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Smuggled Pickled Pork Skins Result In $300 Penalty At El Paso Port

Release Date: 
July 14, 2011

El Paso, Texas -- U.S. Customs and Border Protection (CBP) officers working at an El Paso port of entry seized pickled pork skins that were hidden in a container of coffee creamer. The product was seized and the person attempting to smuggle the pork skins was fined $300.

CBP agriculture specialists working at the El Paso port of entry discovered more than 6 pounds of pickled pork skins hidden in coffee creamer container July 9, 2011.

The seizure was made just before noon Saturday at the Paso Del Norte international crossing in downtown El Paso. A man from Denver entered the port as a pedestrian and made a negative declaration to CBP officers. During a secondary x-ray examination of his bags a CBP agriculture specialist observed an anomaly in the appearance of his goods. The man again made a negative declaration to CBP. The CBP agriculture specialist continued his exam and discovered three kilograms of pickled pork skins concealed in a plastic coffee creamer container. The traveler paid a $300 penalty and continued his journey. The prohibited product was seized and destroyed.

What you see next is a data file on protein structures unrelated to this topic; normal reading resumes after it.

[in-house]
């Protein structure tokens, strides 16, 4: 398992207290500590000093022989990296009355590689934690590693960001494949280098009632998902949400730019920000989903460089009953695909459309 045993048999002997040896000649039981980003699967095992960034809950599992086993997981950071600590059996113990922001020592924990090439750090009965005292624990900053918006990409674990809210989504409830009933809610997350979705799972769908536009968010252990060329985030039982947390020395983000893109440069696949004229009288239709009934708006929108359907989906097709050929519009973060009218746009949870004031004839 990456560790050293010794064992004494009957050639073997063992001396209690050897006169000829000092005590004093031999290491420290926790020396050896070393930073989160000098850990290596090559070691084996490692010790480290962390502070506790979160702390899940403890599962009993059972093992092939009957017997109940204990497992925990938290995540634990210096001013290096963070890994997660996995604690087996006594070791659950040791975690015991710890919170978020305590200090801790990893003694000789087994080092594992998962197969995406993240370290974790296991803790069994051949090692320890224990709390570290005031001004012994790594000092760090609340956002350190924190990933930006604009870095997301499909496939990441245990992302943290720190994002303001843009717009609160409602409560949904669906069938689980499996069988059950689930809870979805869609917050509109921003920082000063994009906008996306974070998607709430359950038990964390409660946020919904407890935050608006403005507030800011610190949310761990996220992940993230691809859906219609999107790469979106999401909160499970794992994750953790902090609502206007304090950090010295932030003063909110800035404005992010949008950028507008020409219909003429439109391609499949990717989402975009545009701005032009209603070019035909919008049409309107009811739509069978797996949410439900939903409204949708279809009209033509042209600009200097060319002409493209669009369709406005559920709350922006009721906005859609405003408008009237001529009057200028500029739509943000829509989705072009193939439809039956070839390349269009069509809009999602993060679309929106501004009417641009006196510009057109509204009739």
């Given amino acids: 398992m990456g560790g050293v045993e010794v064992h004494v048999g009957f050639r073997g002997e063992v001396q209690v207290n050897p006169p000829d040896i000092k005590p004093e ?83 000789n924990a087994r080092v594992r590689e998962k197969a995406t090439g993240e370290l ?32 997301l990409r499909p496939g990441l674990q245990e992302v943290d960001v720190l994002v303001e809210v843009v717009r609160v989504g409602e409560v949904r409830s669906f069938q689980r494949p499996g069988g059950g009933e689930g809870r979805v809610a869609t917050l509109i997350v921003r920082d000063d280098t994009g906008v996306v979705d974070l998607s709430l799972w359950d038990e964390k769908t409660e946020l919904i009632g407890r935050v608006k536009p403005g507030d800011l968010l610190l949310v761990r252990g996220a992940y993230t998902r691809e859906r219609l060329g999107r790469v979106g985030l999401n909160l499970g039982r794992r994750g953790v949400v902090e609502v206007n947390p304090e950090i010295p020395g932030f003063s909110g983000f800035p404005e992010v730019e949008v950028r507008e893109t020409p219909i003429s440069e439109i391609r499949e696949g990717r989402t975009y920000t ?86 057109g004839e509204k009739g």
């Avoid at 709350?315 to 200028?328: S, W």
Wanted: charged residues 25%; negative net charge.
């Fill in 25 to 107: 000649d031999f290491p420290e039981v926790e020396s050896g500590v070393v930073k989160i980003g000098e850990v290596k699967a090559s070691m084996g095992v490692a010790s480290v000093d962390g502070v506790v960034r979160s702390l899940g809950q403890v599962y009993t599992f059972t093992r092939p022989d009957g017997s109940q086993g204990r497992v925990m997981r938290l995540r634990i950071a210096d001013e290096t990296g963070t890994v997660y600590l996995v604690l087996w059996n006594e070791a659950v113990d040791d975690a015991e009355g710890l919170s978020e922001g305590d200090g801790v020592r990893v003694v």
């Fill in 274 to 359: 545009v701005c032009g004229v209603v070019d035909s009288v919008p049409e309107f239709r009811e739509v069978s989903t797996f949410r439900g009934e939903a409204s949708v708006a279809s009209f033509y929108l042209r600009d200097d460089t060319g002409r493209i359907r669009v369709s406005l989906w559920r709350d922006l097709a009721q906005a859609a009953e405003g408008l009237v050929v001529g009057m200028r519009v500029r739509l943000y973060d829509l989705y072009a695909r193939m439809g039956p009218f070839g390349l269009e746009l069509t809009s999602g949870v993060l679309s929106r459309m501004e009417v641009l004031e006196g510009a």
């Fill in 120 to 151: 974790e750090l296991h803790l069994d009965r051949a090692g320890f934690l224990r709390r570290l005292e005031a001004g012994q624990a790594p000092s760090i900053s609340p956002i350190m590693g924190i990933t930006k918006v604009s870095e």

"This item is prohibited because it has the potential for introducing foreign animal diseases to the U.S. pork industry," said Hector Mancha, El Paso Port Director for U.S. Customs and Border Protection.

"The best thing a traveler can do to avoid penalties and protect the U.S. agricultural industry is to declare all items they are importing," said Mancha. "If the item they declare is prohibited it can be abandoned at the port without consequence."

Since Saturday CBP officers and agricultural specialists working at the El Paso port of entry have made seven seizures of prohibited agricultural products. Violators were assessed penalties totaling $1,825. Prohibited items include pork skins, raw pork, chorizo, apples, avocados, potatoes, and fresh eggs.

While anti-terrorism is the primary mission of U.S. Customs and Border Protection, the inspection process at the ports of entry associated with this mission results in impressive numbers of enforcement actions in all categories.

Last modified: 
February 9, 2017